Pakistan's Prime Minister Yusuf Raza Gilani in a speech on national television just before sunrise on Monday announced Iftikhar Mohammad Chaudhry's restoration as chief justice of the supreme court effective March 22.
"We are committed to democracy and we will take all steps to promote democracy in our country," Gilani said.
The prime minister's announcement finally confirmed news attributed to government officials earlier in the night, that the government had decided to restore Chaudhary, to quell further unrest with a large protest in Chaudhry's support, planned in Islamabad, the Pakistani capital, on monday.
The move to reinstate Chaudhary as the chief justice followed a, Pakistan's second largest city with a reputation of being the country's political nerve centre.
Nawaz Sharif, former prime minister and the main leader of the opposition to president Asif Ali Zardari, led thousands of protestors on the streets of Lahore on Sunday. Stone-throwing protestors clashed with policemen armed with tear gas and batons, creating one of the worst days of unrest in recent memory.
President Asif Ali Zardari who until Sunday morning was believed to have taken a strong stand in resisting Chaudhary's return, by Sunday night had agreed to his comeback, mainly to prevent a recurrence of the violence in Lahore being repeated elsewhere in the country.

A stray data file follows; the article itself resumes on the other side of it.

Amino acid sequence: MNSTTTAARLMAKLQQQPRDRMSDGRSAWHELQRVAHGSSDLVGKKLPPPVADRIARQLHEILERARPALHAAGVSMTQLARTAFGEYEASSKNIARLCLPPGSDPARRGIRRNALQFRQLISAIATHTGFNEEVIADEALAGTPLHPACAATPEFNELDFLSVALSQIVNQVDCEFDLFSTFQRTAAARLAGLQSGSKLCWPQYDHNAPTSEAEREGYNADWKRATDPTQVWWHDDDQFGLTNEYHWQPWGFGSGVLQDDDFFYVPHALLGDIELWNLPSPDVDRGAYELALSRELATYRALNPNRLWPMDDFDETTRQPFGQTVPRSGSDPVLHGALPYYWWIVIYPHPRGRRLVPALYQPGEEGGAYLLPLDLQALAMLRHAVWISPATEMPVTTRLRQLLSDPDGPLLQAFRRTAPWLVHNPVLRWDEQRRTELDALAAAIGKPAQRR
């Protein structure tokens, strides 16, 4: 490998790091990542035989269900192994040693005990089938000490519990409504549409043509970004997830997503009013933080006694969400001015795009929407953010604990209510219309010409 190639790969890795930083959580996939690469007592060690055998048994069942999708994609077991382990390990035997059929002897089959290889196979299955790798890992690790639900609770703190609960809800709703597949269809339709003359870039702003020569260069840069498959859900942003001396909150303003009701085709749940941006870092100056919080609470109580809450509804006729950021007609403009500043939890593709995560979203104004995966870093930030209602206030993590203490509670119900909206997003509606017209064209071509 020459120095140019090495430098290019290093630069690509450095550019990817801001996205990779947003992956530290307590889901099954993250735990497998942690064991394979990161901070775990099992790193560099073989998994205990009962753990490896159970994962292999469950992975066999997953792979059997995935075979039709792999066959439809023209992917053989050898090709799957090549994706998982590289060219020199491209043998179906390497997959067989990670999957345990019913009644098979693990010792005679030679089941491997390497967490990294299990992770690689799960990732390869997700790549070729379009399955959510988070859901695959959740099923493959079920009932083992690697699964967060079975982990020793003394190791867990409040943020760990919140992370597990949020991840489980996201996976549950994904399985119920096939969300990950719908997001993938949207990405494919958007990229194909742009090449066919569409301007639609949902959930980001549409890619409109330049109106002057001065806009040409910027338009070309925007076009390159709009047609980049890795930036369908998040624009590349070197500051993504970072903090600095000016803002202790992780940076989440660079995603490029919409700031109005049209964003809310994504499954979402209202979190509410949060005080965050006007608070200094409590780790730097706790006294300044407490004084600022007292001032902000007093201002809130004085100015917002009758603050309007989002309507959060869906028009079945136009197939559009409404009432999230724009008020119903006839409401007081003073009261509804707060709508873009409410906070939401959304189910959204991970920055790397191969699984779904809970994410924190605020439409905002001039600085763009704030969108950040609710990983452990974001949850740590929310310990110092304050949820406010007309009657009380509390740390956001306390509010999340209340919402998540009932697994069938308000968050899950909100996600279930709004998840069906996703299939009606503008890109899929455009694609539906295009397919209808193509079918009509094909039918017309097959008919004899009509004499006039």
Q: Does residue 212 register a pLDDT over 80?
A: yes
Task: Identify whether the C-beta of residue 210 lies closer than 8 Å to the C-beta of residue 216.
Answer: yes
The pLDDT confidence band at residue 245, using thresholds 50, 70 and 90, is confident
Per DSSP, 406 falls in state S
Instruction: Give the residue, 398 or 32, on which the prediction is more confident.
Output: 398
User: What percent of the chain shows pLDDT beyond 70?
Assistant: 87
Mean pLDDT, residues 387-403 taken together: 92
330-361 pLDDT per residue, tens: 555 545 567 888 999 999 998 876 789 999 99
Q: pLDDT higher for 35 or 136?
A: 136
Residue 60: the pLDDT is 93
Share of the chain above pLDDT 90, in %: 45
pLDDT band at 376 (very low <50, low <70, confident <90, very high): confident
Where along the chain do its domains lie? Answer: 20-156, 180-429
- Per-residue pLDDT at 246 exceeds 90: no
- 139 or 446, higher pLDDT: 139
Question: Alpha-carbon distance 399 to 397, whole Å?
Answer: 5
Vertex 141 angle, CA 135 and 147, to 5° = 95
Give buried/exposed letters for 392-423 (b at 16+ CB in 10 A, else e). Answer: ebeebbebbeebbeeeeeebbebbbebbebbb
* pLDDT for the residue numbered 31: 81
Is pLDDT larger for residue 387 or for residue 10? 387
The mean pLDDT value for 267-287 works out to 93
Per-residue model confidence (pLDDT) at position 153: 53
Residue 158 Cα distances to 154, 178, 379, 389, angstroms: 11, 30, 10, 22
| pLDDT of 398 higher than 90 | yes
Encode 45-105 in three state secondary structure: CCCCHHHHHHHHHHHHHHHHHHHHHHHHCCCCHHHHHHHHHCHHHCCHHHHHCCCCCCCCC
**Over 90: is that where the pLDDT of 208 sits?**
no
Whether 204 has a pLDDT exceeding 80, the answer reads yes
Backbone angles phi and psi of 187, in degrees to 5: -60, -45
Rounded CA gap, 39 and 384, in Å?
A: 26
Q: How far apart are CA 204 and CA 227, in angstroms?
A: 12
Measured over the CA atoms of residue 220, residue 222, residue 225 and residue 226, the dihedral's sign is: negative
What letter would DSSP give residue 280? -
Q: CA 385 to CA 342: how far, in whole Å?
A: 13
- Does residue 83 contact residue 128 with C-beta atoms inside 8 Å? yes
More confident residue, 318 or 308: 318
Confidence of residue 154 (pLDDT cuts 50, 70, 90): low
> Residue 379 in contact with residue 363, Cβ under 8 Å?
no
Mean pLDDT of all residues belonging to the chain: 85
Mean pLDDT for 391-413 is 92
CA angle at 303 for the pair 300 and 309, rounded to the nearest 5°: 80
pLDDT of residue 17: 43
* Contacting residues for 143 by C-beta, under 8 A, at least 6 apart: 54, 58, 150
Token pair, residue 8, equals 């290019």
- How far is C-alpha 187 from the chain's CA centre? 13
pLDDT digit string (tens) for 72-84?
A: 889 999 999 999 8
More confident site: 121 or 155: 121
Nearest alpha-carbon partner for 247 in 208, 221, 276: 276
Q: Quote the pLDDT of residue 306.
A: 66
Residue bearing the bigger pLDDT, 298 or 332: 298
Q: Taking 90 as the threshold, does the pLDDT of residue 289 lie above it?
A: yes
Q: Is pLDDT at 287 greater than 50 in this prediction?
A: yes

On Monday, protesting lawyers and opposition activists had planned an indefinite sit-in in central Islamabad to press the government for Chaudhry's return, taking the protests to the country's capital.
A senior Pakistani government official who spoke to CBS News and confirmed the decision to reinstate Chaudhry, said, Zardari changed his position partially under pressure from the U.S. as well as Pakistan's own influential military.
In the past three days, Pakistani officials said, U.S. Secretary of State Hilary Clinton and Ambassador Richard Holbrooke, President Obama's special envoy on Pakistan and Afghanistan, had spoken to Zardari, urging him to be more conciliatory towards his opponents.
Since Friday, General Ashfaq Pervez Kiyani, the chief of staff of Pakistan's army, also became involved in the crisis, holding meetings with Zardari and Pakistan's Prime Minister Yusuf Raza Gilani, urging them to soften their government's stand.
"This is a major shift in the government's position" said a senior western diplomat in Islamabad who spoke to CBS News on condition of anonymity. One major question going forward is Zardari's own future, faced with humiliation as he retreated on Chaudhry's issue. Since his election as president in September last year, he has tried to woo the U.S. to accept him as a credible, long term partner.
The Western diplomat who spoke to CBS News said much depends on Zardari's ability to prevent his opponents including Sharif from ganging up against him. His additional challenge is that of keeping his position intact as head of the ruling Pakistan People's Party (PPP). "If Zardari survives and is able to retain his hold over the ruling party, the U.S. will of course still want to deal with him," said the diplomat.